Written at the IoD in London, edited on the London-Ipswich train and dispatched to silicon.com a day later from a coffee shop in Woodbridge, Suffolk which provided free wi-fi and great coffee

Seminal experiences seem to have come thick and fast in my life with some good and some not so good. This past week saw three in quick succession: one at a public lecture, one in a meeting with those of a politically correct bent and one in my local supermarket. And all three concerned the availability of IT.

Experience One came about during the Q&A session at the end of a public lecture by a visiting American IT manager. His presentation had been enlightening in terms of painting a picture of where we had come from, where we were and where we are going with IT and mobile working across numerous academic, technology, commercial and social fields.

So here comes the first question – and it was a cracker! “My wife hates computers and IT and won’t have a PC in our home. What are you going to do for her?”

I felt myself squirming with embarrassment. What must our visitor have thought? ‘Only in the UK’, I suspect. And I have to confess, the words – ‘let her die’ (metaphorically you understand) – just popped into my head.

Experience Two was in the middle of a meeting with a group who clearly had a strong social conscience. Well it didn’t take long to get to the $64,000 question: what about the digital divide? The ‘have PCs’ and the ‘have no PCs’? Those with broadband and those without? My immediate reaction was – what divide? I see no divide! In the first world, everyone can get access to a PC if they need or want to. Surely any divide is now a self-inflicted injury!

Experience Three was really unexpected. There on the shelves of my local supermarket were lines of boxed-up PCs with LCD screens, plus printers and scanners, for £295. And right along the shelf were laptops at just £335. These weren’t poor quality either. They were top of the line, a well-known international brand, with very respectable specifications – machines more than adequate for school, home and most small businesses.

I know people who don’t own a car. I know people who don’t own a television set. I know people that never fly on aircraft. I even know people who don’t own a mobile phone. It’s not that they couldn’t – they have the money but they have made a choice. They don’t want these things in their life. And guess what, most are people who don’t have computers and/or broadband either. For one reason or another they have opted out of specific technologies and activities.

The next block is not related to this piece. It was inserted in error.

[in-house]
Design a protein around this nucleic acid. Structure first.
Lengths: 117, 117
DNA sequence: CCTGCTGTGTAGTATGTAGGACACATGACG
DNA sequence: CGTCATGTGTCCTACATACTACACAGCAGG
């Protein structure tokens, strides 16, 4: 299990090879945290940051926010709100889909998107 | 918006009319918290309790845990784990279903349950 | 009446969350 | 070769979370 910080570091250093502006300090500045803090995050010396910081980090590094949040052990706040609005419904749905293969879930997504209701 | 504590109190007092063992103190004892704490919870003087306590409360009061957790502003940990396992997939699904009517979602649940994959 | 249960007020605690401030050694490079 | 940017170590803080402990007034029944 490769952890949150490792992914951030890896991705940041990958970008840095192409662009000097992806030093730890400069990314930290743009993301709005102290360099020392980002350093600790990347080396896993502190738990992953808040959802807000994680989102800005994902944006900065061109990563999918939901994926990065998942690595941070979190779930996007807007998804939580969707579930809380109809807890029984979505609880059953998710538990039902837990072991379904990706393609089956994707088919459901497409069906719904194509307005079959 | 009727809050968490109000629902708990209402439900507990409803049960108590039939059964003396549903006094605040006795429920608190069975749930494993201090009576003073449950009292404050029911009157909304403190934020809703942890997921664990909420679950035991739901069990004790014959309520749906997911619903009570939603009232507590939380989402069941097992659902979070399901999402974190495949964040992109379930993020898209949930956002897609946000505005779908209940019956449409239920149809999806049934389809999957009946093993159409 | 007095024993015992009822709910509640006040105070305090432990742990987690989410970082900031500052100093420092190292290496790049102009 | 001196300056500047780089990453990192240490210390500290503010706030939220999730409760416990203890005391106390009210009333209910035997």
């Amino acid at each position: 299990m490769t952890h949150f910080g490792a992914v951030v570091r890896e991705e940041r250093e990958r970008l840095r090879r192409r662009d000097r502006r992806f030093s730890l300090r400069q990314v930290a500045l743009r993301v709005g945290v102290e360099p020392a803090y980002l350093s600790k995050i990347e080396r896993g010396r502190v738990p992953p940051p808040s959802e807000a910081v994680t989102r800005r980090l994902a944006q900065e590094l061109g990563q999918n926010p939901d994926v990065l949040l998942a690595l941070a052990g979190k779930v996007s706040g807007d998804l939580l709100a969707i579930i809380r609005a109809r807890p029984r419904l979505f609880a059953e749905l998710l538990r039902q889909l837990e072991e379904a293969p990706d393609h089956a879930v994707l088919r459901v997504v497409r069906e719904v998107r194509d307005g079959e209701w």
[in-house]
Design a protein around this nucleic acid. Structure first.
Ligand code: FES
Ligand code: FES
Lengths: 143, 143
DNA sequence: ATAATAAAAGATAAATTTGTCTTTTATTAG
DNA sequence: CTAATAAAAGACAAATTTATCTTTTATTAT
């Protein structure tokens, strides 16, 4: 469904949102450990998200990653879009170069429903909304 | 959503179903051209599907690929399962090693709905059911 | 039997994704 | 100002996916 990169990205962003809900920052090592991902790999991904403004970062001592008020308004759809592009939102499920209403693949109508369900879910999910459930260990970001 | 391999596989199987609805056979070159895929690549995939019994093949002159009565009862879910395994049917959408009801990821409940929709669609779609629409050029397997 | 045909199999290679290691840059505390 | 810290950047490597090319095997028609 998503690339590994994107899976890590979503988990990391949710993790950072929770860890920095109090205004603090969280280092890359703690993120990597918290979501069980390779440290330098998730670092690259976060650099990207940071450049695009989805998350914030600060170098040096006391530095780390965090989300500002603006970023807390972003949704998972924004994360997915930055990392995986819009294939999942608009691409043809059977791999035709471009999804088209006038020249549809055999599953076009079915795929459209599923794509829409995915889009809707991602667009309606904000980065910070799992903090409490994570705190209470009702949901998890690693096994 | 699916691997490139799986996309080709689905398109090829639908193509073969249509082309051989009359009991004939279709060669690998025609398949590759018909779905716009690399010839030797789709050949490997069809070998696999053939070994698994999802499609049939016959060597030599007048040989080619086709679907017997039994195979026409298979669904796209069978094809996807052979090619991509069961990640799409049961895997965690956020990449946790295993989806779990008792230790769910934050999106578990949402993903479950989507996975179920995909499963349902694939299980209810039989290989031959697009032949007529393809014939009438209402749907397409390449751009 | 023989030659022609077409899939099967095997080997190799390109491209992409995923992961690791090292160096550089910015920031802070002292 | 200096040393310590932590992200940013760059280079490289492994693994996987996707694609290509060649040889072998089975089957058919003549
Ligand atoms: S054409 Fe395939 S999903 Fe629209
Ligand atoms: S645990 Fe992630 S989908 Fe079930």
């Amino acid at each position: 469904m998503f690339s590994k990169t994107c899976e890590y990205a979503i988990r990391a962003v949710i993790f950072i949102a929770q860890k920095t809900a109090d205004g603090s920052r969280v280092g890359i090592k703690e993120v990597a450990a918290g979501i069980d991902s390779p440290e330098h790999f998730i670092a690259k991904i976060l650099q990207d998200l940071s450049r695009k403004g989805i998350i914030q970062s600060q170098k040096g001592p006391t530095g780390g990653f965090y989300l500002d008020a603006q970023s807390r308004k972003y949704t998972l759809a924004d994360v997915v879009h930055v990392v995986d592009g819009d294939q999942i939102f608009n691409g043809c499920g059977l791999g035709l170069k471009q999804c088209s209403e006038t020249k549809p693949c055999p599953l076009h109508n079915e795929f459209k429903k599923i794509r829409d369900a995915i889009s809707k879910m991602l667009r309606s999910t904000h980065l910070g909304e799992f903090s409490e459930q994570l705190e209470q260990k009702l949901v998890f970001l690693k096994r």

Postcards from the bleeding edge…

Read the latest missive from tech guru and silicon.com columnist, Peter Cochrane, as he blogs from around the world.

Years ago, when PCs cost over £2,000, a digital divide through sheer cost was obviously a very real problem. Even at £1,000 it could be a justifiable claim. But not when a PC costs less than most flat panel TVs, washing machines and dishwashers. We are now well into the era of commodity (or even who cares?) computing.

The UK now has PCs and games machines in well over 90 per cent of homes and broadband access recently passed 50 per cent. So those who have opted out are in a growing and insignificant minority. Should we worry about them? I think that time is long past! You can lead a horse to water but you can’t make it drink.

Throughout the UK PCs are everywhere and freely available. Public libraries and a lot of cafés have machines for casual use at a very low cost or free. Schools, community centres and church halls run regular IT starter courses for the uninitiated of any age. And every community has volunteers ready, willing and able to help anyone struggling with the technology. So there really is no excuse for not opting in, and opting out must therefore be a determined decision. People just don’t want to join in, so why waste time money and facilities, or even a moment’s thought, on them?

I think the next big breakthroughs are going to be really significant. We will stop the silly practice of installing TCs (Teachers Computers) in schools, colleges and universities and engage in the obvious – encouraging the students to bring their own laptop, and just providing them with free and easy raw connectivity. It will change the name of the game forever – a PC really is personal!

So what of those suffering a self-inflicted digital divide? They will just slowly fade away, increasingly insignificant year-on-year. And perhaps soon, we will stop wasting taxes on a lost cause.